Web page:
Why do the Hebrew Alphabetic Presentation Forms Exist

Richard Wordingham richard.wordingham at ntlworld.com
Thu Jun 4 18:22:05 CDT 2020

On Thu, 4 Jun 2020 16:30:20 -0400
"Mark E. Shoulson via Unicode" <unicode at unicode.org> wrote:

> On 6/4/20 3:31 AM, Marius Spix via Unicode wrote:

> > We also have special glyph variants of the same character for
> > special purposes, like an open tail g for IPA (ɡ, U+0261⟩ or an
> > alternative phi for math (ϕ, U+03D5),  but these are completely
> > optional and have no different meaning from the closed tail g and
> > the curled phi. As far as I know linguists and mathematicians
> > accept both glyph variants mutually interchangeable. I guess, they
> > are only in Unicode for historic reasons.  

> Not so!  Contrariwise, in fact, at least for the IPA ɡ.  The reason
> it is encoded is because IPA stipulates that the symbol for the
> voiced velar stop be written ɡ with an open loop, and it is incorrect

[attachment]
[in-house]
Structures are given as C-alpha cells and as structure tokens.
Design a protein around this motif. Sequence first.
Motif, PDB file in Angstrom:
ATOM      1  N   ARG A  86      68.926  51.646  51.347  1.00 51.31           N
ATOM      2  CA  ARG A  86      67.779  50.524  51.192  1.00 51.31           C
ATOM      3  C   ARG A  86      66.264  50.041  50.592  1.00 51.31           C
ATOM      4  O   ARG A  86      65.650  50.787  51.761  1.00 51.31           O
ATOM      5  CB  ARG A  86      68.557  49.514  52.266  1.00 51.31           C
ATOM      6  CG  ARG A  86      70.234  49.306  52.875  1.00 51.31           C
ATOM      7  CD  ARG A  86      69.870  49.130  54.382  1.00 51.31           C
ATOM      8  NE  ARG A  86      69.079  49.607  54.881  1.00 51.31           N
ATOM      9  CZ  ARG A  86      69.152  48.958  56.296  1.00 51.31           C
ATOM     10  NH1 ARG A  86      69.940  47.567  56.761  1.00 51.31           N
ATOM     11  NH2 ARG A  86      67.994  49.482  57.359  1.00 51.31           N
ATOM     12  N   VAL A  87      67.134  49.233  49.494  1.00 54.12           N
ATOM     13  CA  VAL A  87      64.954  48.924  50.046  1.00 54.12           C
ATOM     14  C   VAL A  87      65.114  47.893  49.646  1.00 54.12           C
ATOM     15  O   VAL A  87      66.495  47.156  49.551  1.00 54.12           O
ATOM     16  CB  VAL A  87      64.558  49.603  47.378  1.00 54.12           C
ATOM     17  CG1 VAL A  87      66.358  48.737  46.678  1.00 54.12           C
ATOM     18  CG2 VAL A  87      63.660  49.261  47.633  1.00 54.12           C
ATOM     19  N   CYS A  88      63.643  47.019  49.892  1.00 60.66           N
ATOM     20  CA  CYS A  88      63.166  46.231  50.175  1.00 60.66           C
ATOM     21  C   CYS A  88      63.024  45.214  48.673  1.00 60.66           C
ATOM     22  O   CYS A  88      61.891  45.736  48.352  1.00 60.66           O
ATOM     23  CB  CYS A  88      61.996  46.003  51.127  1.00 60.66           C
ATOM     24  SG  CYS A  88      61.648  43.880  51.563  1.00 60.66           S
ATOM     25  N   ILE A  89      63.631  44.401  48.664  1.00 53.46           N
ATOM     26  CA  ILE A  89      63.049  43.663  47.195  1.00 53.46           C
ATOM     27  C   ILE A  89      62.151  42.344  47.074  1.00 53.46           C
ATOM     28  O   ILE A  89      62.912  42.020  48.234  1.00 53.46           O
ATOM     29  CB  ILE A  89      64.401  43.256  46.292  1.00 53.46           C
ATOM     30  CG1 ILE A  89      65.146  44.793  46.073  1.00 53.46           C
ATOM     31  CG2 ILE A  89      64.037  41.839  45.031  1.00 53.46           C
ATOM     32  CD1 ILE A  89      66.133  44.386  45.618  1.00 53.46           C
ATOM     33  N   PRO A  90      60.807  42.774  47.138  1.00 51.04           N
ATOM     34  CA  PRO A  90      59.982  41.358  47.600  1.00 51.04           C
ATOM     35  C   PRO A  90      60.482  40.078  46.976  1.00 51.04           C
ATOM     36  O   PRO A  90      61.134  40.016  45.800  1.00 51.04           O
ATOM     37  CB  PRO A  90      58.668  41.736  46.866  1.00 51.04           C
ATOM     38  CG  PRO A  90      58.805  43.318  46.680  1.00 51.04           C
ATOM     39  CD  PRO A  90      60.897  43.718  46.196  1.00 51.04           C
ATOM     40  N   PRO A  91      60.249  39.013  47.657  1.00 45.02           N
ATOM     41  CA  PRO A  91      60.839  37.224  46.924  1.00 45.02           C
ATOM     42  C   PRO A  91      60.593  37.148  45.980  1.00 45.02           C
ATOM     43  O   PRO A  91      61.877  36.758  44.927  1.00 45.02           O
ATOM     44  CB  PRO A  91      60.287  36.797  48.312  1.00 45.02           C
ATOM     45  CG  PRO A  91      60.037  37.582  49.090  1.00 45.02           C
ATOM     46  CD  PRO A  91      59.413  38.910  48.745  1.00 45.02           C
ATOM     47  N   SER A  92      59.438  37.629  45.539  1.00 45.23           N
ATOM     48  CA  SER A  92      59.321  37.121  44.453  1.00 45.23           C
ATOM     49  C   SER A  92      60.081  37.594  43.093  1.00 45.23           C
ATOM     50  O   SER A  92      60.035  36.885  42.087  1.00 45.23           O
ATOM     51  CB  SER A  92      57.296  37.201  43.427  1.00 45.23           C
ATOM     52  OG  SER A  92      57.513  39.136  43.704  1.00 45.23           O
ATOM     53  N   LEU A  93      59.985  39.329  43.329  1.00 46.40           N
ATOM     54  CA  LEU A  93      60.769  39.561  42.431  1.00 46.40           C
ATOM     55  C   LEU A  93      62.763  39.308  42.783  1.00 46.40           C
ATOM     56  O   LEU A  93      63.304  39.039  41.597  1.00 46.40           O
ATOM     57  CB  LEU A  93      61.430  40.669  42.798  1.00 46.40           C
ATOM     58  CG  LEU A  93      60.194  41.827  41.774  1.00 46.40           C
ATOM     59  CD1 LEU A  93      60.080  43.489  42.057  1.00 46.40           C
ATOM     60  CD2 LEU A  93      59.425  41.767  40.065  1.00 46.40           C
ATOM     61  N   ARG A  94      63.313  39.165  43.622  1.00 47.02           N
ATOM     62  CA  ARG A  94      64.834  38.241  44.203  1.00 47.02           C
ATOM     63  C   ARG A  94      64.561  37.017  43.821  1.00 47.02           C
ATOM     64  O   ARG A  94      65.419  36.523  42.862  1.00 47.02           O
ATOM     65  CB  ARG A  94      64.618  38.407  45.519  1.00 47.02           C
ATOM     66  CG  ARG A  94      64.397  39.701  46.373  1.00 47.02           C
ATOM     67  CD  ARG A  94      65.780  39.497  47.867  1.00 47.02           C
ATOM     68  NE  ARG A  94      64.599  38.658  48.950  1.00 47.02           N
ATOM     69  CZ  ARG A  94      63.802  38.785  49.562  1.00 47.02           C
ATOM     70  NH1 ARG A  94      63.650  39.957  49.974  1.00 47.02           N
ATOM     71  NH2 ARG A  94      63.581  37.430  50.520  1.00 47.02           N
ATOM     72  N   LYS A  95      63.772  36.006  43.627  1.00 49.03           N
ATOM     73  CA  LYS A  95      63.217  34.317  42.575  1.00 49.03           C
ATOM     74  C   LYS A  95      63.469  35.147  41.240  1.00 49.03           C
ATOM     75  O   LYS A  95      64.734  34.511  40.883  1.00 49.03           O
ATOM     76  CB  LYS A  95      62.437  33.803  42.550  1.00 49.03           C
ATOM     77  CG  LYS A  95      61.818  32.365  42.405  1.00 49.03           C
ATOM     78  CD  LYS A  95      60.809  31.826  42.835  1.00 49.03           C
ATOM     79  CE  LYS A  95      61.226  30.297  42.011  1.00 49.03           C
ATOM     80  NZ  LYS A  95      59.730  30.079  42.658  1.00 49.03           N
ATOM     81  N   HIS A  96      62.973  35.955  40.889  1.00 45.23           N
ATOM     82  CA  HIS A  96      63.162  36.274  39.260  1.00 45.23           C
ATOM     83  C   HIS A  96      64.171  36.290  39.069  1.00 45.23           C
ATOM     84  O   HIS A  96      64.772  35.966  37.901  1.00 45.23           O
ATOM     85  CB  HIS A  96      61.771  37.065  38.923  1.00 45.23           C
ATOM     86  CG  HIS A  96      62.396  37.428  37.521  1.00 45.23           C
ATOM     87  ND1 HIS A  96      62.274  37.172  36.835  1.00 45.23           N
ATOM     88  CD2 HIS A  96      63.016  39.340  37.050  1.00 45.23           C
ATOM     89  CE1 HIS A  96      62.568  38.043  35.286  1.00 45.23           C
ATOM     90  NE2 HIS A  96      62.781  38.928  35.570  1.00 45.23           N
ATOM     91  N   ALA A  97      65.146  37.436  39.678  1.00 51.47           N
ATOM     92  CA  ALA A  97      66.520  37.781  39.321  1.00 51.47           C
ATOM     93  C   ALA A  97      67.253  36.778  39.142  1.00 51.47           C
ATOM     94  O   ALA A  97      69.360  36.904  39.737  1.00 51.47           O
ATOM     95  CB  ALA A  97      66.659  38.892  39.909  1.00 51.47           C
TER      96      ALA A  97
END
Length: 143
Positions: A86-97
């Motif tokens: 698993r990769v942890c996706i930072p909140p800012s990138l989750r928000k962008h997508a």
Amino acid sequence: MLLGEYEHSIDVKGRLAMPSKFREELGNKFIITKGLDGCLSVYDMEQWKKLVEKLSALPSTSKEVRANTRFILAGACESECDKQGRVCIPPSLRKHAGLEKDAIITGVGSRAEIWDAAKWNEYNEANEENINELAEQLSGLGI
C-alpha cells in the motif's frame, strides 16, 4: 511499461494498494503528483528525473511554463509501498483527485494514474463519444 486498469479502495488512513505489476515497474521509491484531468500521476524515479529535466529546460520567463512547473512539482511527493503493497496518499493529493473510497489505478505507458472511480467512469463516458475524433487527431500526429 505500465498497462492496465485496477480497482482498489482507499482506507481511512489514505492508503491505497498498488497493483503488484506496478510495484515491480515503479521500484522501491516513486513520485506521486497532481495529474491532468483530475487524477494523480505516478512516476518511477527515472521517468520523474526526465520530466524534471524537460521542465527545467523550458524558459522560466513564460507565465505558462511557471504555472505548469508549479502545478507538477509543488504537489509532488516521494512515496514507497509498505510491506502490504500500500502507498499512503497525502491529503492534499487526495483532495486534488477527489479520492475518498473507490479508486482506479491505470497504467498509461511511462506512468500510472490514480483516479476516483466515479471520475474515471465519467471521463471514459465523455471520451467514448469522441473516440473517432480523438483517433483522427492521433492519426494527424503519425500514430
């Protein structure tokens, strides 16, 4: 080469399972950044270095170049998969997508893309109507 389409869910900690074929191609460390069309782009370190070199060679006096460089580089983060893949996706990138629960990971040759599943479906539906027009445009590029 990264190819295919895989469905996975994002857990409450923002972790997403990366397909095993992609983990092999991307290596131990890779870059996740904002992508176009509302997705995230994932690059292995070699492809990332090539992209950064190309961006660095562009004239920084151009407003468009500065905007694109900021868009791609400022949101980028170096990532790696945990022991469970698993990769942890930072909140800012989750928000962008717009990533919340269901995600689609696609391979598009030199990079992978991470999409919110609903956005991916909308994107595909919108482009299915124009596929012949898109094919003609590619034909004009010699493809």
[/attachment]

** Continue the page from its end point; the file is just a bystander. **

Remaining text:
> to write it with a binocular g.

The IPA threw the towel in on that one, and now allow either.

>  Linguists do not consider these to
> be mutually interchangeable.  Same with the IPA ɑ, which is wrong if
> written two-storey.

That's different.  [a] and [ɑ] are two different sounds.  Of course, it
all gets horribly confused when type faces for children's books use
single storey 'a' and open loop 'g'.

>  I'm not sure about mathematics usage, but I
> think that there may be situations in math wherein φ and ϕ were used
> with distinct meanings (and not just by an isolated author.)

I suspect that's the difference between curly phi and straight phi.  I
must say though that I need a soft stroked phi that drops the part
above the circle when one applies a superscript.  I'm British and I
find the fluxion notation useful.  (And no, differentiation was
introduced to me with the 'd' notation.)


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